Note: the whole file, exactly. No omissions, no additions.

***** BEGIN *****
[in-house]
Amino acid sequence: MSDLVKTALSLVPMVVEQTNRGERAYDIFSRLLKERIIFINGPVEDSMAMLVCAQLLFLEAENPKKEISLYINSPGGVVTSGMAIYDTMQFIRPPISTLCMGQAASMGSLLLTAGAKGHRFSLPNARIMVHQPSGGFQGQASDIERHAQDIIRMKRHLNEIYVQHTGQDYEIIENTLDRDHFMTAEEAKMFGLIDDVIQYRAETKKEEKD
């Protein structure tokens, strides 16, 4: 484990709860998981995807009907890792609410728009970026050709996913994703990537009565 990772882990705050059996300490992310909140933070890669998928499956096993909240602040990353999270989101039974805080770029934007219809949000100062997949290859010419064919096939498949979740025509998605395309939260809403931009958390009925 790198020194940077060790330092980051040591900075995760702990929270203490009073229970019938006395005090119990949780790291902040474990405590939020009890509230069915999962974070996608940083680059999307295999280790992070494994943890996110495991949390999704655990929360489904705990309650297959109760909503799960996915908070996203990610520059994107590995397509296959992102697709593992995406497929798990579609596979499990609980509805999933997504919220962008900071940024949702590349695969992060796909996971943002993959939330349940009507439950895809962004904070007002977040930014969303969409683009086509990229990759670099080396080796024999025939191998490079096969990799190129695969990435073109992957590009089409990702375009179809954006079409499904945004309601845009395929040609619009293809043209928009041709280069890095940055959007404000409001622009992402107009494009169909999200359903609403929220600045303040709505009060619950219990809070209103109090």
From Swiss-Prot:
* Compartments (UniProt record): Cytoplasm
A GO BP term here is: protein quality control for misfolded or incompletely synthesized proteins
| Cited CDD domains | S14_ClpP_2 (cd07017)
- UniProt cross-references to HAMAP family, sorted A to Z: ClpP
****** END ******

[in-house]
Amino acid sequence: MSDLVKTALSLVPMVVEQTNRGERAYDIFSRLLKERIIFINGPVEDSMAMLVCAQLLFLEAENPKKEISLYINSPGGVVTSGMAIYDTMQFIRPPISTLCMGQAASMGSLLLTAGAKGHRFSLPNARIMVHQPSGGFQGQASDIERHAQDIIRMKRHLNEIYVQHTGQDYEIIENTLDRDHFMTAEEAKMFGLIDDVIQYRAETKKEEKD
């Protein structure tokens, strides 16, 4: 484990709860998981995807009907890792609410728009970026050709996913994703990537009565 990772882990705050059996300490992310909140933070890669998928499956096993909240602040990353999270989101039974805080770029934007219809949000100062997949290859010419064919096939498949979740025509998605395309939260809403931009958390009925 790198020194940077060790330092980051040591900075995760702990929270203490009073229970019938006395005090119990949780790291902040474990405590939020009890509230069915999962974070996608940083680059999307295999280790992070494994943890996110495991949390999704655990929360489904705990309650297959109760909503799960996915908070996203990610520059994107590995397509296959992102697709593992995406497929798990579609596979499990609980509805999933997504919220962008900071940024949702590349695969992060796909996971943002993959939330349940009507439950895809962004904070007002977040930014969303969409683009086509990229990759670099080396080796024999025939191998490079096969990799190129695969990435073109992957590009089409990702375009179809954006079409499904945004309601845009395929040609619009293809043209928009041709280069890095940055959007404000409001622009992402107009494009169909999200359903609403929220600045303040709505009060619950219990809070209103109090």
From Swiss-Prot:
* Compartments (UniProt record): Cytoplasm
A GO BP term here is: protein quality control for misfolded or incompletely synthesized proteins
| Cited CDD domains | S14_ClpP_2 (cd07017)
- UniProt cross-references to HAMAP family, sorted A to Z: ClpP